That's the only way we do understand intentions - them being normative; they can fail to uphold to certain commitments one makes. When one has a commitment, they can inevitably fail to be accordance with such a commitment to which they will then attempt to try to succeed at it again. They are different from mere casual dispositions in the sense that casual events do not have something to be accordance with. Lighting doesn't "intend" to hit a tree, it merely hits a tree - therefore never misses it's mark. If something never missed it's mark, how can we distinguish this from mere casual dispositions? You could say, "it intended to do it, but succeeds it's in intentions each time" but how are we to judge success outside the capacity from failure? Intentions need at least the possibility of failure, but God cannot fail. However, if he does truly have intentions (which presumably the theists holds) he must be able to fail!

 


"And this is one of the most crucial definitions for the whole of Christianity; that the opposite of sin is not virtue but faith."
― Søren Kierkegaard
     Thread Starter
 

5/17/2017 8:14 pm  #9


Re: The Impossibility of God

DanielCC wrote:

One brief point: 'But then we're just making up fantastical objects because these are not being supplied by any intuition'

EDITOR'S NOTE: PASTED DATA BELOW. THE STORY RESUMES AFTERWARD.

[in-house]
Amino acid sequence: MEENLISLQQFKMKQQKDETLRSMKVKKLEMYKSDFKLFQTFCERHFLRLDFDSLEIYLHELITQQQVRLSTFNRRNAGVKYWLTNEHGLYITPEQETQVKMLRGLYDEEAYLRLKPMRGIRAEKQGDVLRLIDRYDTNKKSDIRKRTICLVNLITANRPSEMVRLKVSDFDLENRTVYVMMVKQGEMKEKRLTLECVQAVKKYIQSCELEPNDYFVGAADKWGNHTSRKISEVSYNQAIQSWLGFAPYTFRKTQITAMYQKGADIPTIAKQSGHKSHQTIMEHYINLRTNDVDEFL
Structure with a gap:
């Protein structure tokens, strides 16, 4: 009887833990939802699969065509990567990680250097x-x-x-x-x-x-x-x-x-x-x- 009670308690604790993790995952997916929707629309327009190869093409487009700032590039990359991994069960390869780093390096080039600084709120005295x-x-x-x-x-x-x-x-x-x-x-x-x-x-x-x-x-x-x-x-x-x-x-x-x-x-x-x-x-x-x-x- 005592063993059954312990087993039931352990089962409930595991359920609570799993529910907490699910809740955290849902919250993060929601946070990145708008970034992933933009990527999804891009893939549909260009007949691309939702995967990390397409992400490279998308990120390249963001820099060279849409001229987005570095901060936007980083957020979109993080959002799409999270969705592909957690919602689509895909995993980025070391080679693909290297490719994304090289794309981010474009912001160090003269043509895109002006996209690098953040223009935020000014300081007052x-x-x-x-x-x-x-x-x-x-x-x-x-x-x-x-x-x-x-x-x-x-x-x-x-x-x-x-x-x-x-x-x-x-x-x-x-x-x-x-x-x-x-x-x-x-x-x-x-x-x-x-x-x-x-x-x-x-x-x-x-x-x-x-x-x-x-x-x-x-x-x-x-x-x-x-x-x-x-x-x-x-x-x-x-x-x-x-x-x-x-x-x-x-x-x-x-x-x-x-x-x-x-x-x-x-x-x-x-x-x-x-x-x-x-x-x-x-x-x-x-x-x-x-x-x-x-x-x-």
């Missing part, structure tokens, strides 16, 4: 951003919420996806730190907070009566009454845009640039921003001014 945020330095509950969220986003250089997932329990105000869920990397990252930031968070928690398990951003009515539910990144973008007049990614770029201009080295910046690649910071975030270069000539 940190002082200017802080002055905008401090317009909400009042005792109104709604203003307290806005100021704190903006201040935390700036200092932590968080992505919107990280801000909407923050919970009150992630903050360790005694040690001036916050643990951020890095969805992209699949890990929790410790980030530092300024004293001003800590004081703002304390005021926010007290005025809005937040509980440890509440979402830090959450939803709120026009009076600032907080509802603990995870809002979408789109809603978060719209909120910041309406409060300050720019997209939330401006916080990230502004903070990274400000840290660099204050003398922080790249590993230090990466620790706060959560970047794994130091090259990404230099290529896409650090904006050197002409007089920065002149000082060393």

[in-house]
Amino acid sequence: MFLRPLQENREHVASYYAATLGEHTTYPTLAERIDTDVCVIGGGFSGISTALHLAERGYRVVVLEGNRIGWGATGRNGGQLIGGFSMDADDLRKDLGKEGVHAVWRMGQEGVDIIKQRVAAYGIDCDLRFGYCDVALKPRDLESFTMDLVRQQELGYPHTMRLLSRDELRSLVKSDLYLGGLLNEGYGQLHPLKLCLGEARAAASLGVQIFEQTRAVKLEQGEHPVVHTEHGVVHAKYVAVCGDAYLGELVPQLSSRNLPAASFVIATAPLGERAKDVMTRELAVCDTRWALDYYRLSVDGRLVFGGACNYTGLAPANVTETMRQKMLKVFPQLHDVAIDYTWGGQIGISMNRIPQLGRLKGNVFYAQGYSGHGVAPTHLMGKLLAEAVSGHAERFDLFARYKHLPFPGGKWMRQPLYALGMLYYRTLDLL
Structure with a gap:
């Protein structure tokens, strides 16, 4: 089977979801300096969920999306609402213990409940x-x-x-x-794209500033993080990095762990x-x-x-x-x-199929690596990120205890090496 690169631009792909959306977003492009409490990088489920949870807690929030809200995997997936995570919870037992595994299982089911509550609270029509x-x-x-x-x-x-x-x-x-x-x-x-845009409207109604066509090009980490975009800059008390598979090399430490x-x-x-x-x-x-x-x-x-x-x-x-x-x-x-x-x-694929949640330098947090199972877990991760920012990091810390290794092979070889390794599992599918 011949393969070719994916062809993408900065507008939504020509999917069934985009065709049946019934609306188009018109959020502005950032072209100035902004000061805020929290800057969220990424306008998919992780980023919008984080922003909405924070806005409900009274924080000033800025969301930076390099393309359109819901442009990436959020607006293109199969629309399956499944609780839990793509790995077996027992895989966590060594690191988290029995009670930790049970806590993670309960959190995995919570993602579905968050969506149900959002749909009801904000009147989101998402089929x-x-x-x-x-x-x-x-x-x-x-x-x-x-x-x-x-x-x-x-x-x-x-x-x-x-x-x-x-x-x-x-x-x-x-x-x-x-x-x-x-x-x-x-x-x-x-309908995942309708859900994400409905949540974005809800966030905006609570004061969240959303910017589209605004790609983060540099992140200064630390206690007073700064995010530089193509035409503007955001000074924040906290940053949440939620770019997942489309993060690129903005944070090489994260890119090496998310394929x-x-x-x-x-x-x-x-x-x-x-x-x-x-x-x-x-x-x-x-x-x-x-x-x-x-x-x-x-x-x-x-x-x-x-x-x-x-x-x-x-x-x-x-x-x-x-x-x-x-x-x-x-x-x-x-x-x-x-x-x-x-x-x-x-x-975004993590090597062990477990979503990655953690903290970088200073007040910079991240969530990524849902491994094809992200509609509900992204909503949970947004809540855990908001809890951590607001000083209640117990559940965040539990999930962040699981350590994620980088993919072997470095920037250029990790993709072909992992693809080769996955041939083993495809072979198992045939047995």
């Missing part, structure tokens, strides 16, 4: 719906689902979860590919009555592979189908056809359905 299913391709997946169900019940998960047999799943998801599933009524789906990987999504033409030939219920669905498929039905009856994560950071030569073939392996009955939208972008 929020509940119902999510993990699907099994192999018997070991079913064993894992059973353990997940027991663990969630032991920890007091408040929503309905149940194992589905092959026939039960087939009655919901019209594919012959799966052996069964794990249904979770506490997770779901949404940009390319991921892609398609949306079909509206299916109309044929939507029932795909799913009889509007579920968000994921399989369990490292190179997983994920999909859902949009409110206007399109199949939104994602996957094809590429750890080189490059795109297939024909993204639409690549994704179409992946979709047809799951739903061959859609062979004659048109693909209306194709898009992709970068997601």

This is surely incorrect - if successful various theistic proofs are in themselves successful i.e. they prove that a being with X attributes exists, then they serve as more than an intuition that Mind2 is possible. All the objection then boils down to is the observation that God must be a very unusual being, something the theist will grant given Divine uniqueness. 

And which are those?


"And this is one of the most crucial definitions for the whole of Christianity; that the opposite of sin is not virtue but faith."
― Søren Kierkegaard
     Thread Starter
 

5/17/2017 8:28 pm  #10


Re: The Impossibility of God

John West wrote:

Since a huge portion of this forum is Thomist, it's worth going into their views on analogy in more detail before the conversation gets started. (It'll help prevent misunderstandings later.)

Thomists distinguish between analogies of attribution and analogies of proportionality. If the property being attributed two analogates is only intrinsically in one, it's in an analogy of attribution; if it's in both intrinsically, it's in an analogy of proportionality.* (If I predicate healthiness of both George and food, I'm making an analogy of attribution, i.e. the food is healthy because of its extrinsic relation to humans like George (in this case because it causes them to be healthy).)